A Microbiome And Metabolomic Signature Of Phases Of Cutaneous Healing Identified By Profiling Sequential Acute Wounds Of Human Skin
Mohammed Ashrafi, Yun Xu, Howbeer Muhamadali, Iain White, Max Wilkinson, Katherine Holloywood, Mohamed Baguneid, Royston Goodacre, Ardeshir Bayat.
The University of Manchester, Manchester, United Kingdom.
BACKGROUND - Profiling skin microbiome and metabolome has been utilised to gain further insight into wound healing processes, although knowledge of the metabolic profile of wounds and their role in wound healing processes is limited. The aims of this multi-part temporal study in 11 volunteers were to analytically profile the dynamic wound tissue and headspace metabolome and sequence microbial communities in acute wound healing at days 0, 7, 14, 21 and 28, and to investigate their relationship to wound healing, using non-invasive quantitative devices.
METHODS - Subjects had four 5-mm diameter skin biopsies to their arms. Metabolites were obtained using tissue extraction, sorbent and polydimethylsiloxane patches and underwent thermal desorption and were then separated by gas chromatography and detected by mass spectrometry. Metabolites were tentatively identified using the National Institute of Standards and Technology and Golm libraries. Participants wound tissue samples underwent DNA extraction and 16S rDNA sequencing. Spectrophotometric intracutaneous analysis, full-field laser perfusion imaging, Dermalab system and dynamic optical coherence tomography provided non-invasive quantitative measurements of melanin, haemoglobin, collagen, blood flow, transepidermal water loss, hydration and erythema.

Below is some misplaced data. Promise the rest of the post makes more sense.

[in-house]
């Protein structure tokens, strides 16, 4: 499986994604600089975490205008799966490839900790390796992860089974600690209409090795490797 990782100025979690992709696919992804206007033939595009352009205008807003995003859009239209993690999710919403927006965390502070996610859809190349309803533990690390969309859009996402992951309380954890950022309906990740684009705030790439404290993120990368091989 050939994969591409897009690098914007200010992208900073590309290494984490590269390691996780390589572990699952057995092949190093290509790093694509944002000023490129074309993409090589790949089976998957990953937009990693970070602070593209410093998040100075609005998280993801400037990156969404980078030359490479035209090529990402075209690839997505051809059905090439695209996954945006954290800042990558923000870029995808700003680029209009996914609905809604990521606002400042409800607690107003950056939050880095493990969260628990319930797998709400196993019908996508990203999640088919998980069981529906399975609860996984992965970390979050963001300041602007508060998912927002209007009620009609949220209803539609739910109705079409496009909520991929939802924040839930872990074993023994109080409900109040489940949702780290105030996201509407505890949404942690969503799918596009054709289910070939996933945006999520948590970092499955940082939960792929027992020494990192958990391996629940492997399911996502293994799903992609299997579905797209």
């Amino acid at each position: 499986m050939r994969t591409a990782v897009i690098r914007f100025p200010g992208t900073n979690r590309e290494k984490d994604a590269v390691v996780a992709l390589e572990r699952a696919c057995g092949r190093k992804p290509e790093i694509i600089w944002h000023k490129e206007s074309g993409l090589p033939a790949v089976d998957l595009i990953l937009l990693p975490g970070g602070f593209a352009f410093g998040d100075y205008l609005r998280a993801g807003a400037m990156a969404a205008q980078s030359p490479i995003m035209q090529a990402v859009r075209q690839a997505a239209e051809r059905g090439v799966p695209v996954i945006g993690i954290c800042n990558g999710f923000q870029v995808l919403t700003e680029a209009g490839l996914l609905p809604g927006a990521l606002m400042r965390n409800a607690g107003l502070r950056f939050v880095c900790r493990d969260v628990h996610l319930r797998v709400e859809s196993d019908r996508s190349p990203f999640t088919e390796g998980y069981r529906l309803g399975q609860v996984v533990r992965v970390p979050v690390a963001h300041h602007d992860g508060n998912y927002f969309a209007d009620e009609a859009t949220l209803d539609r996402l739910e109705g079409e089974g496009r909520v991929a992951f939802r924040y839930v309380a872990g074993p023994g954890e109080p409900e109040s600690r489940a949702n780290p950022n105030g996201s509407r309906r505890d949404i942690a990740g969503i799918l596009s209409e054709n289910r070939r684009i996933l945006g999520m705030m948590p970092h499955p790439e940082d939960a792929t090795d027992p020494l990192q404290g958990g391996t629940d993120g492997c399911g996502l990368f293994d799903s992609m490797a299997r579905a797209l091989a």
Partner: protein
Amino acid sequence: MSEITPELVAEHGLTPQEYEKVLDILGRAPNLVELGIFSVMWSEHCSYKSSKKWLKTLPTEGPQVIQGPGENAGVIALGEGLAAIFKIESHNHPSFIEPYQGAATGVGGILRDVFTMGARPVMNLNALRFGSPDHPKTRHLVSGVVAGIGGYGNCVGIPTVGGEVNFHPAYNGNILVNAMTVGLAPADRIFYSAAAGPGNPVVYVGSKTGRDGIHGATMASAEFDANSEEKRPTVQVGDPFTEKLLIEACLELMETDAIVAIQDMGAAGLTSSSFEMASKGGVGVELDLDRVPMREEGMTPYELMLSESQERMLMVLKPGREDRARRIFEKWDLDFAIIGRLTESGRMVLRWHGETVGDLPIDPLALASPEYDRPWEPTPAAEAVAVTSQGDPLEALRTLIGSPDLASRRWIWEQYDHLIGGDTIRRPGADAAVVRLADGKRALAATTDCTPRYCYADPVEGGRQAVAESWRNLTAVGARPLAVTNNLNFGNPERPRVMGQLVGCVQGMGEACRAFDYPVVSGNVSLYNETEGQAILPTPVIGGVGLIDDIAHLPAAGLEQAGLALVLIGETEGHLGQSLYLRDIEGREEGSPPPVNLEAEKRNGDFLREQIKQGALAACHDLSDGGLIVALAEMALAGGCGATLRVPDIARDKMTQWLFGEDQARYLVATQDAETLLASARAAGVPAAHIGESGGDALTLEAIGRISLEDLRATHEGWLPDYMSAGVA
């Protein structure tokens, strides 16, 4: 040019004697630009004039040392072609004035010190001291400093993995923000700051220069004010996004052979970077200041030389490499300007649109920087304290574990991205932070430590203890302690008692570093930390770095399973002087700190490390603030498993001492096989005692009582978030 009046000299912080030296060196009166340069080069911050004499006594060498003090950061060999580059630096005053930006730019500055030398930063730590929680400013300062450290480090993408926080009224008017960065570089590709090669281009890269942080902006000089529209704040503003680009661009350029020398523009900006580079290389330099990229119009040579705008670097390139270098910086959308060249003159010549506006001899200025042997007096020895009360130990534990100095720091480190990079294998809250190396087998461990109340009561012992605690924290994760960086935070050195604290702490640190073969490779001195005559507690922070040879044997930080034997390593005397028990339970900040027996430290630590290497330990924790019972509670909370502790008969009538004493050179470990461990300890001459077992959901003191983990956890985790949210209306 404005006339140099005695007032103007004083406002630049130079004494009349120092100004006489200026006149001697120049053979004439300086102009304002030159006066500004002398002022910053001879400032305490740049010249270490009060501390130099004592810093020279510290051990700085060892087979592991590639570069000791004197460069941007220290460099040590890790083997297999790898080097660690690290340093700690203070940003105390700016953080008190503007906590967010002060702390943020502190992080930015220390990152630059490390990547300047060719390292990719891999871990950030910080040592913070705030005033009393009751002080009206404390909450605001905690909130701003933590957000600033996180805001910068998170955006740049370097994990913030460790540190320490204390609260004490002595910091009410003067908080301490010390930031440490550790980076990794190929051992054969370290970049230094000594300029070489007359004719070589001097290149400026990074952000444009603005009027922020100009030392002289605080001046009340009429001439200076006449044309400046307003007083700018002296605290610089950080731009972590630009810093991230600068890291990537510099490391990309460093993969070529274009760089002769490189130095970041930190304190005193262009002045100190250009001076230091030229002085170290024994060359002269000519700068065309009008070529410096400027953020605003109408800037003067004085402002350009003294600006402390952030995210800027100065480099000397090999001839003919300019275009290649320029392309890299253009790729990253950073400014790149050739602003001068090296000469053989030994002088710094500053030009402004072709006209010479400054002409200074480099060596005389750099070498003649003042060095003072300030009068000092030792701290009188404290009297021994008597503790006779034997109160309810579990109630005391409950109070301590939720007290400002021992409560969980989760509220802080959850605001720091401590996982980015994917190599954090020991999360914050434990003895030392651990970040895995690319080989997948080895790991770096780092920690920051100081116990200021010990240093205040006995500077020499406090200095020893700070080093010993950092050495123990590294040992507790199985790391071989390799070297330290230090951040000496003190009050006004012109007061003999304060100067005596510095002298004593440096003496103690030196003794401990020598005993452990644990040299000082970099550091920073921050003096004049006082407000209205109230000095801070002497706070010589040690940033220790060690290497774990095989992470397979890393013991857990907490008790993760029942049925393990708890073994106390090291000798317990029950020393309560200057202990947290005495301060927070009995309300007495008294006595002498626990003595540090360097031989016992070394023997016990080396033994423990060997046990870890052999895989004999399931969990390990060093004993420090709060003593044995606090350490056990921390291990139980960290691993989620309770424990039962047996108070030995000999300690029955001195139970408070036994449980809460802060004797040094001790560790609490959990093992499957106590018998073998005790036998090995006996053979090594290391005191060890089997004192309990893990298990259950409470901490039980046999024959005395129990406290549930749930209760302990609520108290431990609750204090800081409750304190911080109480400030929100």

RESULTS - Principal component analysis of wound tissue metabolome clearly separated time points with 10 metabolites of 346 being involved in separation. Analysis of variance-simultaneous component analysis identified a difference between the wound headspace metabolome, sites (P=0.0024) and time points (P<0.0001), with 10 metabolites of 129 measured were associated with separation between sites and time points. A reciprocal relationship between Staphylococcus spp. and Propionibacterium spp. was observed at day 21 (P<0.05) with a correlation between collagen and Propionibacterium (r=0.417; P=0.038) and Staphylococcus (r=-0.434; P=0.03). Procrustes analysis showed a significant similarity between wound headspace and tissue metabolome with non-invasive wound devices.
CONCLUSIONS - This study demonstrates the temporal and dynamic nature of acute wound metabolome and microbiome presenting a novel class of biomarkers that correspond to wound healing.
Back to 2019 Abstracts